Jan Wildens was a Flemish painter and draughtsman specializing in landscapes. His Realist landscapes show an eye for detail and have a serene character. He was a regular collaborator with Rubens and other leading Flemish Baroque painters of his generation in whose compositions he painted the landscapes.
Jan Wildens was born in Antwerp as the son of Hendrick Wildens and Magdalena van Vosbergen. His father died when he was still young. His mother remarried to Cornelis Cock, who later became the father in law of the Antwerp portrait painter Cornelis de Vos. In 1596 Jan Wildens was registered at the Antwerp Guild of St. Luke as an apprentice of Pieter van der Hulst (I) (also known as 'Peter Verhulst' or 'Floris Verhulst'), (c. 1565 – c.1628), a minor painter from Mechelen.
Wildens became a master of the Antwerp Guild of St. Luke in 1604. He set up his own workshop and took Abraham Leerse on as an apprentice in 1610. From this period date a series of 12 drawings of the months, which were engraved and published in print form. Wildens travelled in 1613 or 1614 to Italy where he stayed until 1616. Around 1615-1616 he created a series of 12 landscape paintings representing the 12 months of the year, roughly similar to his early drawings. These paintings show his increasing interest in Realism, which was likely a result of his exposure to the landscapes of his compatriot Paul Bril who worked in Rome.
Upon returning to Antwerp, he became a frequent collaborator and a close friend of Peter Paul Rubens. Wildens was responsible for the landscapes in the cartoons by Rubens for his tapestry series on Publius Decius Mus. The two artists continued to collaborate on many works. Wildens also became a frequent collaborator of other leading Antwerp painters. In 1619 Wildens married Maria Stappaert with Rubens acting as a witness at the wedding. Maria's niece Hélène Fourment later became Rubens' second wife. Maria Stappaert died in 1624 after bearing Wildens two sons, both of whom became painters: Jan Baptist (1620–37) and Jeremias (1621–53). Both of his sons died young.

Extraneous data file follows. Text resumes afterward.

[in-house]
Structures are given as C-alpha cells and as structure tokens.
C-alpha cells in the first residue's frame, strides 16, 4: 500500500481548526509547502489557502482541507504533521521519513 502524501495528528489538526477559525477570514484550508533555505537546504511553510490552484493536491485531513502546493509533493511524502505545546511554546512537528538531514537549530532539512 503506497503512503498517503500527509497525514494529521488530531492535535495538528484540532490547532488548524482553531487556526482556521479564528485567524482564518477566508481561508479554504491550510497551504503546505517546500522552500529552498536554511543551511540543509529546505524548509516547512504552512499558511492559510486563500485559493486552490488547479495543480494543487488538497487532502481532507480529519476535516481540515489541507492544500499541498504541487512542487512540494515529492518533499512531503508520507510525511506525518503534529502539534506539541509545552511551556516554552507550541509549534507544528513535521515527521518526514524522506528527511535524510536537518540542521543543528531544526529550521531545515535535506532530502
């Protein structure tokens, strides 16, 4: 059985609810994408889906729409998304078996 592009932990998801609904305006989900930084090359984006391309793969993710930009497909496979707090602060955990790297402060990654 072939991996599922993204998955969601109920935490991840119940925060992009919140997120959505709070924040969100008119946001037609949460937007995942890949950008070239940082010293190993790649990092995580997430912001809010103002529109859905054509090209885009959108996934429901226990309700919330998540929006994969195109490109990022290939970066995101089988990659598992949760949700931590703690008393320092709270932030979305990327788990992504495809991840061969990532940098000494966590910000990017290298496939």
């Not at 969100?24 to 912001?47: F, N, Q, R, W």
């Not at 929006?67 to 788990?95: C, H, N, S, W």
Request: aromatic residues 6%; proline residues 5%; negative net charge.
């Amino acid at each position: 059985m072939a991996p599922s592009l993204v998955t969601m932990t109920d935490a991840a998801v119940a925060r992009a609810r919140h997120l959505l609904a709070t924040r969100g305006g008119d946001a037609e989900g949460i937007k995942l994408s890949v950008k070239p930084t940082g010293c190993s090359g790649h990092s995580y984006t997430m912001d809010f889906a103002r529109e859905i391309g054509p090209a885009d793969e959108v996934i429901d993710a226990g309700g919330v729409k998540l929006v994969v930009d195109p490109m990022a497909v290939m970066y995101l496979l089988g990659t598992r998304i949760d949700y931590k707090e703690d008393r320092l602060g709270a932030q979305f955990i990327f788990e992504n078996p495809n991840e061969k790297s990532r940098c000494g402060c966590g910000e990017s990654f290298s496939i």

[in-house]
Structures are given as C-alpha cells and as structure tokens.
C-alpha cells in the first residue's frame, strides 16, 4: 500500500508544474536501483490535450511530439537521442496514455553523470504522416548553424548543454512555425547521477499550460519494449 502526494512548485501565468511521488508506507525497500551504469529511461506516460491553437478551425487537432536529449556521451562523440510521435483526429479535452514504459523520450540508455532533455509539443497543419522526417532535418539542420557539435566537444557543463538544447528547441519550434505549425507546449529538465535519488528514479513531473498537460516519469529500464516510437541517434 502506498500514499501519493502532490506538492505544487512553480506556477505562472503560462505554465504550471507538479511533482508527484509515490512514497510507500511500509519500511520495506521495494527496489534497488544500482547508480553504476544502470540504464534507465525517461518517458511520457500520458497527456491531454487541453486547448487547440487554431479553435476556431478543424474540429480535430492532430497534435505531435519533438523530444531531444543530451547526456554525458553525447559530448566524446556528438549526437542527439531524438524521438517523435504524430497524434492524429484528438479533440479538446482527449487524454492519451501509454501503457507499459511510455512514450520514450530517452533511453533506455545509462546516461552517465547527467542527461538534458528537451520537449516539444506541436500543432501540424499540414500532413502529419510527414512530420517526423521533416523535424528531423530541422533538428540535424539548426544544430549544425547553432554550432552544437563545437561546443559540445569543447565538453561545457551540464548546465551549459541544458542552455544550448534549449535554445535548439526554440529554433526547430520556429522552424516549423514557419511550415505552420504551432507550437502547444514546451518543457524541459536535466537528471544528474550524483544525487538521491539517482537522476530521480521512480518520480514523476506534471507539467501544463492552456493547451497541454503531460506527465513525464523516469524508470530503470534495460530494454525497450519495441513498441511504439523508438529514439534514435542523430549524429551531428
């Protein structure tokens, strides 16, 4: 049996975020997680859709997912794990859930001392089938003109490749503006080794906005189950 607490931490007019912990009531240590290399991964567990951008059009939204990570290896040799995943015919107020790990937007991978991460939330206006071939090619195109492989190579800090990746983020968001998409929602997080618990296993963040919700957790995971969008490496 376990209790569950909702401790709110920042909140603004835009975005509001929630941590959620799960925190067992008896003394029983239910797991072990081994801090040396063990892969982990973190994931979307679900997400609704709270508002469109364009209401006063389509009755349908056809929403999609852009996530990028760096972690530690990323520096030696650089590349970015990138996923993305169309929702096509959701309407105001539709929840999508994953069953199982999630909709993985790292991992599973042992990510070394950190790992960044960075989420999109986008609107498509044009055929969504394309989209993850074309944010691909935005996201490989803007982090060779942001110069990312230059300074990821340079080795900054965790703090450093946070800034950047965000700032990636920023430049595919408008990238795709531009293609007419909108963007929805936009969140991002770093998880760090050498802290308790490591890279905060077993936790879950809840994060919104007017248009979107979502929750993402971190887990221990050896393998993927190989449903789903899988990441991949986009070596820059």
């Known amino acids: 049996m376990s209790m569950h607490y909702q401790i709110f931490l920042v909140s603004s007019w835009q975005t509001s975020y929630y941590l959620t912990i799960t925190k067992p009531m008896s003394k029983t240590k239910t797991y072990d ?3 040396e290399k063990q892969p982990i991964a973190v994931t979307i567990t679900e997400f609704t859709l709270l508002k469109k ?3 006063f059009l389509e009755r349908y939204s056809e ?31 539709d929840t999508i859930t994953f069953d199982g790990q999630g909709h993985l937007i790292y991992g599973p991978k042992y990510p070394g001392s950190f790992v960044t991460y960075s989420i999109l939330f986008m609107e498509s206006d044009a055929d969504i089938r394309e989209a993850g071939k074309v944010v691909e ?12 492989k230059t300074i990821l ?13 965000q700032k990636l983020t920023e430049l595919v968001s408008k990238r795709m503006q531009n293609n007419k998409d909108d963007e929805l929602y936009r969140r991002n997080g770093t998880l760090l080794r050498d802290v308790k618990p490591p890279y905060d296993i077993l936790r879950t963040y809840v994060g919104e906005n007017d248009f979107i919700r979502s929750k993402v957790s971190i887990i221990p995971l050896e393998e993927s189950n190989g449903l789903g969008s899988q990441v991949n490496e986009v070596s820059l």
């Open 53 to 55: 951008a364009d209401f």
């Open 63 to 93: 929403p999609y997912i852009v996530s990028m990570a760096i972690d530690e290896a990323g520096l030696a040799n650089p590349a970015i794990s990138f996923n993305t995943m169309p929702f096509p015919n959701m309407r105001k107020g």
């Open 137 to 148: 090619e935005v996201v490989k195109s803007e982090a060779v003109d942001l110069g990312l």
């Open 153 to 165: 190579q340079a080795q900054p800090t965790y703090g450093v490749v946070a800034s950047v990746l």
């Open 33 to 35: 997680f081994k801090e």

Wildens became very prosperous thanks to his professional success. He worked for prominent patrons and participated, like many other Antwerp artists, on the decorations for the Joyous Entry into Antwerp of the new governor of the Habsburg Netherlands Cardinal-Infante Ferdinand. Rubens was in overall charge of this project. Wildens contributed two city views of Antwerp for the occasion.
In the house he inherited from his mother in the Lange Nieuwstraat in Antwerp he opened a picture gallery with over 700 paintings. The gallery was very successful and was later operated by his son Jeremias. When Rubens died in 1640, Jan Wildens acted as a testamentary executor of his estate.
His pupils included his sons Jan Baptist and Jeremias and Hendrick van Balen the Younger.